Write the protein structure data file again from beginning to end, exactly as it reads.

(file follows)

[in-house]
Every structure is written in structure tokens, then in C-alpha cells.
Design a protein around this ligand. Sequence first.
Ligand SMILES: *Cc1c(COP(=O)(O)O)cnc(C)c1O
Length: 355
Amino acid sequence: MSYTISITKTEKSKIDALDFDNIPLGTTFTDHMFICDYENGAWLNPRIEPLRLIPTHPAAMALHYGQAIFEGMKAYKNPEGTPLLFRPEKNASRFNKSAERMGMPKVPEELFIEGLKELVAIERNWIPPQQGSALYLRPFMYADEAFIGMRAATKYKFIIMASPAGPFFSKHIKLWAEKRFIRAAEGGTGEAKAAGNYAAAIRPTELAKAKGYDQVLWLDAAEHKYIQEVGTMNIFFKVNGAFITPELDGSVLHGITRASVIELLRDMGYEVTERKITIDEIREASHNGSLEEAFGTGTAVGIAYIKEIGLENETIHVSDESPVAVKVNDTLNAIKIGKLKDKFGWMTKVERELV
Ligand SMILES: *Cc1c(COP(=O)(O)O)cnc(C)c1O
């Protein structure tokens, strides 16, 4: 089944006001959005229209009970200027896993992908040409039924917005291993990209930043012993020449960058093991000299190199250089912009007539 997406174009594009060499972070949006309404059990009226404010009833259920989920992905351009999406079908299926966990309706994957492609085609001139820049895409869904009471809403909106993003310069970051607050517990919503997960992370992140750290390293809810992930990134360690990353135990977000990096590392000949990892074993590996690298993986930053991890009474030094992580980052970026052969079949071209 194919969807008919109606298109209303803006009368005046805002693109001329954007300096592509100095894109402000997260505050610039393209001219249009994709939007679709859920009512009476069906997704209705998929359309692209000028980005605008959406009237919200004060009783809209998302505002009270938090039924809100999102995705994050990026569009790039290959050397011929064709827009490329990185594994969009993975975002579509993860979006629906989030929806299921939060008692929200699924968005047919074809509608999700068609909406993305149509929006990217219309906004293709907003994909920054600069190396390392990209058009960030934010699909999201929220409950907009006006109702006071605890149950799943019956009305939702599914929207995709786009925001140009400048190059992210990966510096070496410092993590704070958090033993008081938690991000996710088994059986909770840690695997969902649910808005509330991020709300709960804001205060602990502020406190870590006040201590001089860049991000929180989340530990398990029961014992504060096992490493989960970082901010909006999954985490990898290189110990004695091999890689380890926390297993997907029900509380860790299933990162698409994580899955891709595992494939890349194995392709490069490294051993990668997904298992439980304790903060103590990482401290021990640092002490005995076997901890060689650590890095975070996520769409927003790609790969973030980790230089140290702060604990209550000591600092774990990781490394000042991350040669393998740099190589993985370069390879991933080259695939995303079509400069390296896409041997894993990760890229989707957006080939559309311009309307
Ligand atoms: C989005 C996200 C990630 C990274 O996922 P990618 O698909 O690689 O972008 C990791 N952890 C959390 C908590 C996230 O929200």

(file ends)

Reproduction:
[in-house]
Every structure is written in structure tokens, then in C-alpha cells.
Design a protein around this ligand. Sequence first.
Ligand SMILES: *Cc1c(COP(=O)(O)O)cnc(C)c1O
Length: 355
Amino acid sequence: MSYTISITKTEKSKIDALDFDNIPLGTTFTDHMFICDYENGAWLNPRIEPLRLIPTHPAAMALHYGQAIFEGMKAYKNPEGTPLLFRPEKNASRFNKSAERMGMPKVPEELFIEGLKELVAIERNWIPPQQGSALYLRPFMYADEAFIGMRAATKYKFIIMASPAGPFFSKHIKLWAEKRFIRAAEGGTGEAKAAGNYAAAIRPTELAKAKGYDQVLWLDAAEHKYIQEVGTMNIFFKVNGAFITPELDGSVLHGITRASVIELLRDMGYEVTERKITIDEIREASHNGSLEEAFGTGTAVGIAYIKEIGLENETIHVSDESPVAVKVNDTLNAIKIGKLKDKFGWMTKVERELV
Ligand SMILES: *Cc1c(COP(=O)(O)O)cnc(C)c1O
């Protein structure tokens, strides 16, 4: 089944006001959005229209009970200027896993992908040409039924917005291993990209930043012993020449960058093991000299190199250089912009007539 997406174009594009060499972070949006309404059990009226404010009833259920989920992905351009999406079908299926966990309706994957492609085609001139820049895409869904009471809403909106993003310069970051607050517990919503997960992370992140750290390293809810992930990134360690990353135990977000990096590392000949990892074993590996690298993986930053991890009474030094992580980052970026052969079949071209 194919969807008919109606298109209303803006009368005046805002693109001329954007300096592509100095894109402000997260505050610039393209001219249009994709939007679709859920009512009476069906997704209705998929359309692209000028980005605008959406009237919200004060009783809209998302505002009270938090039924809100999102995705994050990026569009790039290959050397011929064709827009490329990185594994969009993975975002579509993860979006629906989030929806299921939060008692929200699924968005047919074809509608999700068609909406993305149509929006990217219309906004293709907003994909920054600069190396390392990209058009960030934010699909999201929220409950907009006006109702006071605890149950799943019956009305939702599914929207995709786009925001140009400048190059992210990966510096070496410092993590704070958090033993008081938690991000996710088994059986909770840690695997969902649910808005509330991020709300709960804001205060602990502020406190870590006040201590001089860049991000929180989340530990398990029961014992504060096992490493989960970082901010909006999954985490990898290189110990004695091999890689380890926390297993997907029900509380860790299933990162698409994580899955891709595992494939890349194995392709490069490294051993990668997904298992439980304790903060103590990482401290021990640092002490005995076997901890060689650590890095975070996520769409927003790609790969973030980790230089140290702060604990209550000591600092774990990781490394000042991350040669393998740099190589993985370069390879991933080259695939995303079509400069390296896409041997894993990760890229989707957006080939559309311009309307
Ligand atoms: C989005 C996200 C990630 C990274 O996922 P990618 O698909 O690689 O972008 C990791 N952890 C959390 C908590 C996230 O929200």